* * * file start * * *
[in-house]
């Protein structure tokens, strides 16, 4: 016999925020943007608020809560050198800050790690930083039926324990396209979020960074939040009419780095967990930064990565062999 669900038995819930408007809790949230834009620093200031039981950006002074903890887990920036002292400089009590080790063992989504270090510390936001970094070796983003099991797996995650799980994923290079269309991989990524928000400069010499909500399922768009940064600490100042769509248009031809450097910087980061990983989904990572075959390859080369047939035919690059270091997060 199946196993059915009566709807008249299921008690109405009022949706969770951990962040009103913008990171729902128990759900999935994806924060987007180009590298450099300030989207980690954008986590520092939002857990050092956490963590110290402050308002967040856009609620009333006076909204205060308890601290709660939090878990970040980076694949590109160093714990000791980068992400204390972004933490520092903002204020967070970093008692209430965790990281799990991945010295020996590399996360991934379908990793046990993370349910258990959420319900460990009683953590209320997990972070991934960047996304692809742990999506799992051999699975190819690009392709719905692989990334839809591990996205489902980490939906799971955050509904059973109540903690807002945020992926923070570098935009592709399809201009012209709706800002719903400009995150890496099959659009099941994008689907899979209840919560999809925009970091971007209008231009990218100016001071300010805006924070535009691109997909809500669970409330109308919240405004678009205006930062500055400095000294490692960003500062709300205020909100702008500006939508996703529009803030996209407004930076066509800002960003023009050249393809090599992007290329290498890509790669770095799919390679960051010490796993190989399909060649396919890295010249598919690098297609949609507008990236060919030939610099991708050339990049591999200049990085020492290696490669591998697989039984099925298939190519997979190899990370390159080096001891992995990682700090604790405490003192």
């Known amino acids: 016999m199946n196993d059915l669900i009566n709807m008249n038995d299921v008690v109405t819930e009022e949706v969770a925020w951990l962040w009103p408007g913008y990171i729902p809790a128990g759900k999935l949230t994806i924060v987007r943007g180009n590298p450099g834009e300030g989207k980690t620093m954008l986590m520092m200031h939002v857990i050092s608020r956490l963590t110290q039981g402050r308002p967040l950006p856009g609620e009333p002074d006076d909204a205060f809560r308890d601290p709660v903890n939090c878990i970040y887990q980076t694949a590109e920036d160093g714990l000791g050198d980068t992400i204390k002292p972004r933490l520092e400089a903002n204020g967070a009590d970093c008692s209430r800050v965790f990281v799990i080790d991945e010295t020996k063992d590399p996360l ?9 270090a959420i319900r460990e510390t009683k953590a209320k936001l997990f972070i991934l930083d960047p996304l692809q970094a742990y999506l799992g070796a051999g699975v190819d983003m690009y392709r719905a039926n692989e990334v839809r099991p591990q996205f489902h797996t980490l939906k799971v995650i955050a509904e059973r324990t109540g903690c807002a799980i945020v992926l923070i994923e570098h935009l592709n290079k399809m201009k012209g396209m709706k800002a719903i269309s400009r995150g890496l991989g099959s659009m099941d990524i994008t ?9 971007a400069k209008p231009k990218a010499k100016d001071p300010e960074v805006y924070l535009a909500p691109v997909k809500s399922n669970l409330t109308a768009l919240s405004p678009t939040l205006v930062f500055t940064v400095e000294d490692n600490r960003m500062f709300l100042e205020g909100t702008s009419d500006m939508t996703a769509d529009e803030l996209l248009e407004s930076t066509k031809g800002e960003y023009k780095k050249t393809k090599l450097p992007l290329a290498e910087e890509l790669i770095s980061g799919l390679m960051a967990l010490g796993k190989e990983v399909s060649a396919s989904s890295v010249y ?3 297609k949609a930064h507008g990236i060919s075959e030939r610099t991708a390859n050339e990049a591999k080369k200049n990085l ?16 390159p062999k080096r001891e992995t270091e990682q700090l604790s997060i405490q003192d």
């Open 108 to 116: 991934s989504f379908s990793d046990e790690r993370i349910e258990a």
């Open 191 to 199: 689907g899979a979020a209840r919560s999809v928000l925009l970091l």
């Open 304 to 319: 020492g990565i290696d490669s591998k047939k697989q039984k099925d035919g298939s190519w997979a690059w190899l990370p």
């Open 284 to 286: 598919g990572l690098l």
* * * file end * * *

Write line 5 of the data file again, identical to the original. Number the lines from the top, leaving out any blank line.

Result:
């Open 191 to 199: 689907g899979a979020a209840r919560s999809v928000l925009l970091l």